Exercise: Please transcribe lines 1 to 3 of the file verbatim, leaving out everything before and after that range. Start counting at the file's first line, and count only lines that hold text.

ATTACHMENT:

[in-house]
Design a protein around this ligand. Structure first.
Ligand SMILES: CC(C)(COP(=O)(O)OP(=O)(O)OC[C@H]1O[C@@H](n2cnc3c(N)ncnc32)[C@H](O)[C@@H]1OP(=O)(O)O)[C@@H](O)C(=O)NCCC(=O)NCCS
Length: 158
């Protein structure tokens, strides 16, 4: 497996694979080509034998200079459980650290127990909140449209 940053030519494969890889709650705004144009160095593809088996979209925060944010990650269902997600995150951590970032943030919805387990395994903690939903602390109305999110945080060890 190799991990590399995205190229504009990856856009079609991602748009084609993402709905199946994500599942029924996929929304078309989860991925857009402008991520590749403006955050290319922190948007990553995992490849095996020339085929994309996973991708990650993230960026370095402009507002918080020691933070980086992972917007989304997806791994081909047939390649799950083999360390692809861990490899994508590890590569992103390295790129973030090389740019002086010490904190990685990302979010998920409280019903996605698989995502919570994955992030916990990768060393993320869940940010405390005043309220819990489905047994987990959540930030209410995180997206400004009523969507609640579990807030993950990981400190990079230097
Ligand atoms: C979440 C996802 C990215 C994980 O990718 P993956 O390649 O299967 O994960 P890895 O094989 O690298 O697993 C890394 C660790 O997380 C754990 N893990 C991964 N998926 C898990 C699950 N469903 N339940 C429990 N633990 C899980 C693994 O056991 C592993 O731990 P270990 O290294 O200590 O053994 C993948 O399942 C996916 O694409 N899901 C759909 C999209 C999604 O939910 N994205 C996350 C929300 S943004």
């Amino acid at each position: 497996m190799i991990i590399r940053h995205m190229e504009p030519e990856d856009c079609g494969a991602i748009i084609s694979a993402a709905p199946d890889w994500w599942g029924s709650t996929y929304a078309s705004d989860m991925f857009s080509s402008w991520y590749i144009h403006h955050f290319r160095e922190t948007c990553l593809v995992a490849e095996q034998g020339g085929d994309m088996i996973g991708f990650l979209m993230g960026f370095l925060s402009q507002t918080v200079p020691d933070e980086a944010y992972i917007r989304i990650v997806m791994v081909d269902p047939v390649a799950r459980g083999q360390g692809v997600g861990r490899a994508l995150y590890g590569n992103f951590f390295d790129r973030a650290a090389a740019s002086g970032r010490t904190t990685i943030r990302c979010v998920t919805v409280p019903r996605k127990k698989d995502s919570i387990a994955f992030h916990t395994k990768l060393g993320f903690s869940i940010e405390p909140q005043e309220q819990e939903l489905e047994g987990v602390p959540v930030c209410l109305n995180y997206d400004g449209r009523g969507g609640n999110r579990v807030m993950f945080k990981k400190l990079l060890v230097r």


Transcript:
[in-house]
Design a protein around this ligand. Structure first.
Ligand SMILES: CC(C)(COP(=O)(O)OP(=O)(O)OC[C@H]1O[C@@H](n2cnc3c(N)ncnc32)[C@H](O)[C@@H]1OP(=O)(O)O)[C@@H](O)C(=O)NCCC(=O)NCCS